Critical Backlash: Simon Reynolds’ Notes On The Noughties

A brief counterpoint to Simon Reynolds’ basically good Notes on the Noughties piece today, which is right about the effects but not the cause: He argues that the proliferation of good music — boosted by the cheapness of new recording technology — and cool-hunting blogs has diminished the possibility of consensus on new albums. Well, yes and no.

There’s more music, yes, but the product itself plays a secondary role to its methods of distribution. The reason the latter half of the decade is fractious is because of access and technology, from the rise of Napster to DC++ and Soulseek to Bittorrent and OiNK and YouSendIt/Mediafire-style sites in conjunction with the critical engines of MySpace, blogs/Hypem and message boards (always woefully, and wrongly, ignored in these discussions) becoming the dominant driver of music accessibility and curation in further conjunction with 3) the iPod’s rise in 2003 as the dominant mode of listenership. The broadness of music has expanded to fill its listeners’ hard drives and iPods, not the other way around.

Reynolds thinks blogs are competing for cool; this is true for a select few blogs (the good ones) and the opposite is true for the majority of them — they’re racing to be first to post the same MP3, which is why buzz-driven, mass appeal bands like the xx and Florence and the Machine have been at the top of Hype Machine all year — nobody wants to be left out of the party. Taken in aggregate, there is a tremendous amount of overlap in the rock community, because we’ve all heard the same records — just within a larger pool. The same 10-15 albums will be on everyone’s top 50; it’s the diverging choices that make things interesting, and potentially support the “end of consensus” theory. But most blogs, frankly, are sheep, or at least like-minded. It’s hard to argue there’s less consensus now around an album like Merriweather Post Pavillion as there was around The Glow Pt. 2 in 2001; there are also more people, from more listening backgrounds, listening to this kind of music, which is another contributing factor. (Again: accessibility.)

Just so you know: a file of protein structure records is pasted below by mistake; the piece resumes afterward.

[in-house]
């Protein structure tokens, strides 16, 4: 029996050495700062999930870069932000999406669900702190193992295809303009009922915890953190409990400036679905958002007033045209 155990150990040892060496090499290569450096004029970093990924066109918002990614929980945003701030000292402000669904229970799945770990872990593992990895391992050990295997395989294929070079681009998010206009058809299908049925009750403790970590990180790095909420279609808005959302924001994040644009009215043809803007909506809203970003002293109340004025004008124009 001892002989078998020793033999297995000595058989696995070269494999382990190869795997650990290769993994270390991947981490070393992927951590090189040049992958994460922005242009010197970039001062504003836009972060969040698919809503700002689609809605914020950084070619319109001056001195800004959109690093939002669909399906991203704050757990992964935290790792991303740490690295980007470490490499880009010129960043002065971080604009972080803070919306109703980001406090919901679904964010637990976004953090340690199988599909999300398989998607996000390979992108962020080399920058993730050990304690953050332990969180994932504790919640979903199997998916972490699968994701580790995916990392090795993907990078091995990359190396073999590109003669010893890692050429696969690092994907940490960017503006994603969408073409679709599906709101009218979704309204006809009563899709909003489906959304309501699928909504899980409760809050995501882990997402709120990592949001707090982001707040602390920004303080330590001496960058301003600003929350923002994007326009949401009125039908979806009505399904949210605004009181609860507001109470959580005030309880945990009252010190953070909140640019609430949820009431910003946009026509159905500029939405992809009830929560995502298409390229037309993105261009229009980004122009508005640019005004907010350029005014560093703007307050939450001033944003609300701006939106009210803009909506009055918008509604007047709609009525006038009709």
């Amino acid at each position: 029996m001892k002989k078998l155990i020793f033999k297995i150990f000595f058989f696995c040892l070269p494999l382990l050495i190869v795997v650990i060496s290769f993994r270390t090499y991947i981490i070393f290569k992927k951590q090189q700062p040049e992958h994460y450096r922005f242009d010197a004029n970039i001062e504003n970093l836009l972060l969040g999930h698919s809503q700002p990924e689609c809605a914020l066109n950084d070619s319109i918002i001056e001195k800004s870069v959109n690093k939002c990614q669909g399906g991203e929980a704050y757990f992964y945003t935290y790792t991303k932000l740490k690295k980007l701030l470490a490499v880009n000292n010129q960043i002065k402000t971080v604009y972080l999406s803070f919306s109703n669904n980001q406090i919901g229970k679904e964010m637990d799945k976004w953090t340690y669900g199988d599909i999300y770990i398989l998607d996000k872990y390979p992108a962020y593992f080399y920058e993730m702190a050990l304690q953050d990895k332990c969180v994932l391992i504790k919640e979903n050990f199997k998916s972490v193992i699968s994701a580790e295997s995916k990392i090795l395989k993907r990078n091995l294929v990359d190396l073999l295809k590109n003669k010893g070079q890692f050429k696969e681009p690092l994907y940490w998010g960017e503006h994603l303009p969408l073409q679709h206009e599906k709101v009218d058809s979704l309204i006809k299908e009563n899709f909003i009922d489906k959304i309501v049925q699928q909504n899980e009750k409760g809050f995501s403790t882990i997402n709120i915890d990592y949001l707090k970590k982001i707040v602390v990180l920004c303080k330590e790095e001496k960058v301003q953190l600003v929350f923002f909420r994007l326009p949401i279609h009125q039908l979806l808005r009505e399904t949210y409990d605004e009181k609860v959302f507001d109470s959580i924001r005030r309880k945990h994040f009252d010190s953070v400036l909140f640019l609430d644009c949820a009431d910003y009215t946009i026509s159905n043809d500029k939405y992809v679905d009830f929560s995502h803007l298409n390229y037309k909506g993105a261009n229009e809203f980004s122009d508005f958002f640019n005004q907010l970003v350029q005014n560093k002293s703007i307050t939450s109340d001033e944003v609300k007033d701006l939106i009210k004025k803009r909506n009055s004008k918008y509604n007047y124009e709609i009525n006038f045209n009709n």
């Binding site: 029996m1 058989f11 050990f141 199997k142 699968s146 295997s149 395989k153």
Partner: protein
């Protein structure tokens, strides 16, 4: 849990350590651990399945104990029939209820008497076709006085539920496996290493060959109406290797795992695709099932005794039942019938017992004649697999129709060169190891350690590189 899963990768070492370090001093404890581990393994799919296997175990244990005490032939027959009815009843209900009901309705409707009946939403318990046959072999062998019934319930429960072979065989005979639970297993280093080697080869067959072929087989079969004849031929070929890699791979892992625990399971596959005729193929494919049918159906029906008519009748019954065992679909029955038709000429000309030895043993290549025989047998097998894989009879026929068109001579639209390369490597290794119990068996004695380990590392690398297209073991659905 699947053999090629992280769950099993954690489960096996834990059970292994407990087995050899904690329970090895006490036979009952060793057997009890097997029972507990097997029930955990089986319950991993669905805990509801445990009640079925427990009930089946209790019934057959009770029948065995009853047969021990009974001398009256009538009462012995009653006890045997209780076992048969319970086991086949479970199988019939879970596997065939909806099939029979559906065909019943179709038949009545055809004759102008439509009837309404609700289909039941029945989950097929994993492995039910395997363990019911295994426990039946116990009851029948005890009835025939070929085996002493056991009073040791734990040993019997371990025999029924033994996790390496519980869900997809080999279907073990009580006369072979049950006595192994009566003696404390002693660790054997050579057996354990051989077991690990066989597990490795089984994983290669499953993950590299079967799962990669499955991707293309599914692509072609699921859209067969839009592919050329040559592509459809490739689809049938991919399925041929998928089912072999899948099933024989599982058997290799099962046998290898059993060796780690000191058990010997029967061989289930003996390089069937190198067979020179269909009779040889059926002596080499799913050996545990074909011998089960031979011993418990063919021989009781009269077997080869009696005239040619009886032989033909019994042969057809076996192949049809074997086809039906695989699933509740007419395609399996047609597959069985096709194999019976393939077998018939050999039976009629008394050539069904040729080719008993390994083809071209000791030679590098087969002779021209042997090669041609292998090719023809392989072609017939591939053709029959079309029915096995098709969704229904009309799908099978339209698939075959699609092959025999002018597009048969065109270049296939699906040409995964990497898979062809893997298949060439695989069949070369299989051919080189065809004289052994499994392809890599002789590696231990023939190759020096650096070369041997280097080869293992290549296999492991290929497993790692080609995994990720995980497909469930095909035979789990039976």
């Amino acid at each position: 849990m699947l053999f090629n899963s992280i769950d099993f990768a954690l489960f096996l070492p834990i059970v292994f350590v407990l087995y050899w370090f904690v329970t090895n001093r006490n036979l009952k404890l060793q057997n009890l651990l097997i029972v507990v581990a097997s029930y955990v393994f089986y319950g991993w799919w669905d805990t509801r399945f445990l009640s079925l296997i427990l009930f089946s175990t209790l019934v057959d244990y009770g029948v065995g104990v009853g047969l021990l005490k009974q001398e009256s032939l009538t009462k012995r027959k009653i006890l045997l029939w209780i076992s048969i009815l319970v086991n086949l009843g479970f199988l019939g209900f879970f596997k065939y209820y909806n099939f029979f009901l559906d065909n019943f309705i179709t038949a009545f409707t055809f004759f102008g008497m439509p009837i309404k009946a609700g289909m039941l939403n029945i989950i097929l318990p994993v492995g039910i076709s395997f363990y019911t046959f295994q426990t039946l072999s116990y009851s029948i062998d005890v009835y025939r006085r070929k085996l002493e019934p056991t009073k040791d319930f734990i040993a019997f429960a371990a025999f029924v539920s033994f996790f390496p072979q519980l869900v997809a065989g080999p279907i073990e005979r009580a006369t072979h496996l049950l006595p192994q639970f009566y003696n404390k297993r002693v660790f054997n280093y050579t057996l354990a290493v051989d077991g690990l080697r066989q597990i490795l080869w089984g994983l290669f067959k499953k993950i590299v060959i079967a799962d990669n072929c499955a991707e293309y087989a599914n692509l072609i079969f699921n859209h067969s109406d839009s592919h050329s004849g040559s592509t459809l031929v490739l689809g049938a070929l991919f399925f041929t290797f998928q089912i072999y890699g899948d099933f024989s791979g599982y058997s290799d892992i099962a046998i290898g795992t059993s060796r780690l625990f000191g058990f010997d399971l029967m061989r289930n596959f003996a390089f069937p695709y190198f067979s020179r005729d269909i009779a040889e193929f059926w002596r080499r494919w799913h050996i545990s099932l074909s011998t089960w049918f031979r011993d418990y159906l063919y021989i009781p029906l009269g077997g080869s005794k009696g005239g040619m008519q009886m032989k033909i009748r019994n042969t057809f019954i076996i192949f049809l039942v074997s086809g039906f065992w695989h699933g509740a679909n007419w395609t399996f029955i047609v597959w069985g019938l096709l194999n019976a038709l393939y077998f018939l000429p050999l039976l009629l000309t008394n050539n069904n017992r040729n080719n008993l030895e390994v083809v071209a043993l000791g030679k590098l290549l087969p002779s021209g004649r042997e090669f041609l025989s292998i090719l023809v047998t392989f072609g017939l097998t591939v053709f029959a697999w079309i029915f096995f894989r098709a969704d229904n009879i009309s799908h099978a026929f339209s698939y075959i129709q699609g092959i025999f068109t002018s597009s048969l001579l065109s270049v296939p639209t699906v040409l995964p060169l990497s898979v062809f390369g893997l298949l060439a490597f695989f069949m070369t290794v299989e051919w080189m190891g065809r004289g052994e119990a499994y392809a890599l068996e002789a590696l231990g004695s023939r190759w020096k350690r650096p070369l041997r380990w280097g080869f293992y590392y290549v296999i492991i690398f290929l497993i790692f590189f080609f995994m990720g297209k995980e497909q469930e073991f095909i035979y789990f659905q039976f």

He notes the best of lists he’s seen are drastically different. Which? All the ones I’ve seen basically nod to the same basic Stuff White People Like: The Strokes, Jay-Z, Kanye, Wilco, Radiohead, Arcade Fire, TV on the Radio, etc., with varying levels of indie cred and genre-pandering. Which is to say: Yes, there is more solid-to-good music being made and distributed than ever before. But that’s not why there’s more consensus for pre-2004 albums. Everybody likes Kid A not because there were less good albums that year, but because they heard less of them at the time and there were less critical outlets for people who care about music to read and base their opinions on.

One key point — I think he’s right about there being less great albums now and more good-to-excellent ones because of reduced expectations, but I think that’s also because there’s just less money in the business, which means less time/care/production value. Complex, labored-over albums like Yankee Hotel Foxtrot and You Forgot It In People are really the ones that are the last of their kind, not Funeral or Kid A.